They are as attentive to us here in the shelter as their busy schedules allow. They feed us, of course, but I lost my appetite days ago.

    At first, whenever anyone passed my pen, I rushed to the front, hoping it was you that you had changed your mind — that this was all a bad dream… or I hoped it would at least be someone who cared, anyone who might save me.

    When I realized I could not compete with the frolicking for attention of happy puppies, oblivious to their own fate, I retreated to a far corner and waited. I heard her footsteps as she came for me at the end of the day, and I padded along the aisle after her to a separate room. A blissfully quiet room.

    She placed me on the table and rubbed my ears, and told me not to worry. My heart pounded in anticipation of what was to come, but there was also a sense of relief. The prisoner of love had run out of days.

    As is my nature, I was more concerned about her. The burden which she bears weighs heavily on her, and I know that, the same way I knew your every mood.

    She gently placed a tourniquet around my foreleg as a tear ran down her cheek. I licked her hand in the same way I used to comfort you so many years ago.

    She expertly slid the hypodermic needle into my vein. As I felt the sting and the cool liquid coursing through my body, I lay down sleepily, looked into her kind eyes and murmured “How could you?”

    Perhaps because she understood my dogspeak, she said “I’m so sorry.” She hugged me, and hurriedly explained it was her job to make sure I went to a better place, where I wouldn’t be ignored or abused or abandoned, or have to fend for myself –a place of love and light so very different from this earthly place.

    And with my last bit of energy, I tried to convey to her with a thump of my tail that my “How could you?” was not directed at her. It was directed at you, My Beloved Master, I was thinking of you. I will think of you and wait for you forever. May everyone in your life continue to show you so much loyalty.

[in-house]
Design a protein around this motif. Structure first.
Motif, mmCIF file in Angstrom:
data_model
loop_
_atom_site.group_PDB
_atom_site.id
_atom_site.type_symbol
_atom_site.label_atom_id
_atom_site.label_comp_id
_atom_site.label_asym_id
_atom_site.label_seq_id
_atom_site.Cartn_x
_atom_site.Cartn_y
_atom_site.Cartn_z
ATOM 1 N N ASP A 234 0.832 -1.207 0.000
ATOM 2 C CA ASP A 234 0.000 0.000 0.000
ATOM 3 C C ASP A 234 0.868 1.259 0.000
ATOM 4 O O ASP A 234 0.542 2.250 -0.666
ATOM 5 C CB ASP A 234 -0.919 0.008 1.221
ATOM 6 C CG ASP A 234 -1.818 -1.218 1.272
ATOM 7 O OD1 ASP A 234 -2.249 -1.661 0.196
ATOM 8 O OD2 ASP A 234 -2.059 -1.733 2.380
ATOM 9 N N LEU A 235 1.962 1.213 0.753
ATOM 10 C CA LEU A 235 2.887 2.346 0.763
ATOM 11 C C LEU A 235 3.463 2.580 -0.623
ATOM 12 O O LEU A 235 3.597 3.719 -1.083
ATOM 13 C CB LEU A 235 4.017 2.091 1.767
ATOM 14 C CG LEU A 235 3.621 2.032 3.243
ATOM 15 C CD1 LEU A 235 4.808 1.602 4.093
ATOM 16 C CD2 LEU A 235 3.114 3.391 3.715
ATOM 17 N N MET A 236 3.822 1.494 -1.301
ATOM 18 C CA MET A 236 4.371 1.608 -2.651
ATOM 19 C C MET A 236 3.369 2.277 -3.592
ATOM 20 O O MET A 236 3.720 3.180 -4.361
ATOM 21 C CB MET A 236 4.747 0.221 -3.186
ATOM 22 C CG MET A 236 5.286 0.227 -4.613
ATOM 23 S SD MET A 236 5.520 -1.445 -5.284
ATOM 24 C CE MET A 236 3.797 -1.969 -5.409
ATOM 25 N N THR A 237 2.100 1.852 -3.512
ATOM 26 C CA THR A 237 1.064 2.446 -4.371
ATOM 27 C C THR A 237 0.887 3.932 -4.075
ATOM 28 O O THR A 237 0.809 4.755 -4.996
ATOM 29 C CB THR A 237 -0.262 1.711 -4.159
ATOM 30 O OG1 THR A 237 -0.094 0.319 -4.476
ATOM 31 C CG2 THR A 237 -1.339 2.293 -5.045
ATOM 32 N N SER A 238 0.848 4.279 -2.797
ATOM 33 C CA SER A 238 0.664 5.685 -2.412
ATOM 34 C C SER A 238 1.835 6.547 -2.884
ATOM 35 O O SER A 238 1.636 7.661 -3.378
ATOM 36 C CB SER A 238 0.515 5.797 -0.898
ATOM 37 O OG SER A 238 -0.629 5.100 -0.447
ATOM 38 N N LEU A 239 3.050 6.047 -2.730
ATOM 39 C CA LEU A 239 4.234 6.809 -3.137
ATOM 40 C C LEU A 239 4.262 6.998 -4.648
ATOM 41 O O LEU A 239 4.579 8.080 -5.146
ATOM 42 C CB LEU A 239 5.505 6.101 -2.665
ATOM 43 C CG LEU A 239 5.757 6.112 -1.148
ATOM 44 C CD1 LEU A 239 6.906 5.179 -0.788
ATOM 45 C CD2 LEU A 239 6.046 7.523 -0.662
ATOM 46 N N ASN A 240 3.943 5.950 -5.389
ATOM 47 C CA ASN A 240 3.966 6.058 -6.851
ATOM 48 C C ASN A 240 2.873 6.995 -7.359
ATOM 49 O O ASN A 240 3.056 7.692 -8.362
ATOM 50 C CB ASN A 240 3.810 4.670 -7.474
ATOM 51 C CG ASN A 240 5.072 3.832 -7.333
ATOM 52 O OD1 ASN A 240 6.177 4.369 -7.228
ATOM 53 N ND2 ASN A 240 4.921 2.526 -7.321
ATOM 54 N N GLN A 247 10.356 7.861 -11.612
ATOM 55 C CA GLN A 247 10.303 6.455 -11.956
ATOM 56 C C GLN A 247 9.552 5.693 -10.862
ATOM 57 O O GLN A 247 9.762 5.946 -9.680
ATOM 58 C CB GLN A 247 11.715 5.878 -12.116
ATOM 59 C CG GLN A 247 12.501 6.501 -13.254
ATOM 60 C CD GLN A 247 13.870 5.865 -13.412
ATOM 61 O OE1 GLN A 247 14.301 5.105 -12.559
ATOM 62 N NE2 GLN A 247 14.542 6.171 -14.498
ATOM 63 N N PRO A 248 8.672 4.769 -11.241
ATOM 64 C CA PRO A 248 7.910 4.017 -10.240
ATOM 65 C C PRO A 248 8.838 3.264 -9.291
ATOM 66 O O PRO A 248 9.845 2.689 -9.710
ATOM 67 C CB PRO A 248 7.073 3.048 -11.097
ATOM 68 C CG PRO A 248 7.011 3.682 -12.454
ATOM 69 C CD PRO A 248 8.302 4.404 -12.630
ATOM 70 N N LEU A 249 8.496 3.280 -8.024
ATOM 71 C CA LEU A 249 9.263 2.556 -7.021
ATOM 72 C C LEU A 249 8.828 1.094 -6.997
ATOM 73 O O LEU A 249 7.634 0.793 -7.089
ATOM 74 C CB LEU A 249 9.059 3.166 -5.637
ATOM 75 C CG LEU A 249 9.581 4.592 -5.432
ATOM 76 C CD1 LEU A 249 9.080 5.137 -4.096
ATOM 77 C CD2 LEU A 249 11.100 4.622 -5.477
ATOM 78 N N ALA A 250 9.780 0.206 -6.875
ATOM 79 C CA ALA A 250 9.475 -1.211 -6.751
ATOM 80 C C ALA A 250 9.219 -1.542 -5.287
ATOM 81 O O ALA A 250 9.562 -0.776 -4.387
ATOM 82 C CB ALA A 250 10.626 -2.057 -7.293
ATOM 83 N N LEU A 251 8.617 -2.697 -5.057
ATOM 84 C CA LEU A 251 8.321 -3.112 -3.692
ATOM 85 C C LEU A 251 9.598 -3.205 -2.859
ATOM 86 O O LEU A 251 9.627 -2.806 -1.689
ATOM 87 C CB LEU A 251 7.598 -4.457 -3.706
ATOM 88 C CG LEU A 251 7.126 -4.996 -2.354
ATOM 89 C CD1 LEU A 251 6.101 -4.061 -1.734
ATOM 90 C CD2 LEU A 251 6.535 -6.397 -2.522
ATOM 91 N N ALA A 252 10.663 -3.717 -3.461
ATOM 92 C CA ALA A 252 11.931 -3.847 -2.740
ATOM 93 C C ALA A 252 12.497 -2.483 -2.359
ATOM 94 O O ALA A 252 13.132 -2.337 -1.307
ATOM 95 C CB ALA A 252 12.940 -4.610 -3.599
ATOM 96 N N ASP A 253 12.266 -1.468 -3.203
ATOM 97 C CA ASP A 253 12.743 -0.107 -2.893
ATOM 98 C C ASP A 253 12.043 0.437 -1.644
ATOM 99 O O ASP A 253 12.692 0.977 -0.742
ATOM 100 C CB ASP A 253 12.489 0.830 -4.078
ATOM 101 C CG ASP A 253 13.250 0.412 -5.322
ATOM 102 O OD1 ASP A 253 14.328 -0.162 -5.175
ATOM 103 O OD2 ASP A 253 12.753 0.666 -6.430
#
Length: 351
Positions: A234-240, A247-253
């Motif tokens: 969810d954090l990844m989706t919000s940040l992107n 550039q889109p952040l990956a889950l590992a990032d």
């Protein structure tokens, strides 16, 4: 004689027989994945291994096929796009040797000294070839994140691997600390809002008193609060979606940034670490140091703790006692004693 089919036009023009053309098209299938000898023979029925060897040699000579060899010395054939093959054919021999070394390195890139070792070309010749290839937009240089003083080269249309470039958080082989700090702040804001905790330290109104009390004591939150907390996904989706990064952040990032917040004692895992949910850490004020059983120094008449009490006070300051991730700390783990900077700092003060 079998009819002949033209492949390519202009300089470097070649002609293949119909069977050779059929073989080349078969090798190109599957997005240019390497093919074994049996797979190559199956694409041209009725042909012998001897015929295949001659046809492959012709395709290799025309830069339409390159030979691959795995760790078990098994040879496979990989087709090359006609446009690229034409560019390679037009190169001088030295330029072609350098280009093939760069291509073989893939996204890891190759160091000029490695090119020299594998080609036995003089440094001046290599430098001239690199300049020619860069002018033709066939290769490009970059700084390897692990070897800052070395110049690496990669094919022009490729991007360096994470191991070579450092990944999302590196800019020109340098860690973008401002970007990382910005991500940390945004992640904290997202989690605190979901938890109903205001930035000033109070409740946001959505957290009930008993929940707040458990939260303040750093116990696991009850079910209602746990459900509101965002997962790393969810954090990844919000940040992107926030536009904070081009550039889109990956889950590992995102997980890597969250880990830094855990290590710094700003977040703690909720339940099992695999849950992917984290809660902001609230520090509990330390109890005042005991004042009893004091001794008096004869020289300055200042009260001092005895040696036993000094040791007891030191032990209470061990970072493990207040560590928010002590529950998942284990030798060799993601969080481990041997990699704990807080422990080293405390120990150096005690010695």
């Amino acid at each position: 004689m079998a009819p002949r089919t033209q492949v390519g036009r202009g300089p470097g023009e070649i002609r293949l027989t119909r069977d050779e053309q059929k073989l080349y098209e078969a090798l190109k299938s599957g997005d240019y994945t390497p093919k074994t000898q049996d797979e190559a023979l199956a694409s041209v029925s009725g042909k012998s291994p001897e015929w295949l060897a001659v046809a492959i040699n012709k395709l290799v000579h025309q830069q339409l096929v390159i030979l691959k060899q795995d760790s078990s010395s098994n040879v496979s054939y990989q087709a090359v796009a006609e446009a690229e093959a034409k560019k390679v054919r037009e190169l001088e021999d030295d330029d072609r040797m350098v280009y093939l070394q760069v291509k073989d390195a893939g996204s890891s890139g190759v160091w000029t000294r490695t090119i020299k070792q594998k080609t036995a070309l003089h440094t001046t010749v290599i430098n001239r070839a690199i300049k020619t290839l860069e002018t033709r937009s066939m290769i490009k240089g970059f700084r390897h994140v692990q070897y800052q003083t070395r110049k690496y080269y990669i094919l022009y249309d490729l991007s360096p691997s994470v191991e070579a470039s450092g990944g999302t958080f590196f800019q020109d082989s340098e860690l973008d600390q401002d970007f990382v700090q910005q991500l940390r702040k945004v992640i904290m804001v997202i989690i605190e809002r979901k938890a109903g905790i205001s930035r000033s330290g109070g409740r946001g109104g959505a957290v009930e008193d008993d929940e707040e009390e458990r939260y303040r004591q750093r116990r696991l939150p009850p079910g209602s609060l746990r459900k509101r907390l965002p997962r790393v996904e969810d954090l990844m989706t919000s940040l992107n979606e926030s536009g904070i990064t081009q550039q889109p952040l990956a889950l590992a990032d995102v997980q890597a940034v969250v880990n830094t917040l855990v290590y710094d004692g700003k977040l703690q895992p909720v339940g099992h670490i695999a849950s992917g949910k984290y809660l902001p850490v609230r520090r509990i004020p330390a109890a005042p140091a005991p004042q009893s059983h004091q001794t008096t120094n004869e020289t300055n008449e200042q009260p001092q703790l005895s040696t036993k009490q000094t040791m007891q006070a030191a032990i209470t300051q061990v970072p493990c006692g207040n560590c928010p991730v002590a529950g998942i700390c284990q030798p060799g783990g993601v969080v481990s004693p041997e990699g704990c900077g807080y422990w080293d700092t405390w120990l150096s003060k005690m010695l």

Jim Willis, 2001

  5. I could type out a loooong response to your above blog… but I think I’ll just give you a standing ovation and you can get my drift 😉 Keep doing what you are doing!

  6. I know exactly what you mean. The problem I have is, if we don’t listen to these death threats, what happens to the animals?? That question keeps me up at night and, each time I think I’ve reached my limit and will not be suckered into rescuing again from an irresponsible low-life, I find myself “enabling” such assholes because I can’t stand to think the animals are in peril in their care. It’s a dilemma–should we keep people to their responsibilities and potentially endanger the animals’ lives, or should we “enable” their behavior by listening to their pleas?

  7. You go girl! Unpopular or not, you are dead on, IMHO!

  8. You go. Girl. My retinas are still scarred from a visit to a rescue group that took on too many animals and couldn’t take care of them properly. Intentions were good, but there were just too many and too few resources. So the animals suffer… I’m pretty pissed about that too…

    Some people are suggesting sterilizing humans who “have to” give up their pets. No more pets, no more children… Sounds reasonable to me…

  9. Well Done. It needed saying, and you said it loud and clear!

    ‘Nuff said.

  10. Thanks for writing what I’ve been feeling for so long! As one who’s had pets for extended lifetimes (average age of our furkids tended into the late teens) the idea of abandoning or “giving them up” even at the hard times is impossible!

    Thank you for expressing the anger that is felt when people try to guilt you into taking on their pets. Currently, my mother in law is attempting that with my husband, despite us being the ones living in a no-pets rental. They own their own home with a yard and she’s trying to get us to negotiate a lease-conditions change so she doesn’t have to “worry” about one of the 4 cats! Ironically, it’s the oldest and most lovable of them. I suspect there’s actually something wrong with the poor old thing and she’s trying to avoid the inevitable costs for vet etc.

    Thanks for this blog, and thanks for being one of the people who cares enough to help.

    Blessings to you and yours.

  11. Thank you for voicing the truth. I will never move anyplace that will not accept pets ( even if I have to pay an additional deposit). If for some reason I am totally incapacitated & can no longer care for my cats, I have decided to have them euthanized rather than leave them to an uncertain future.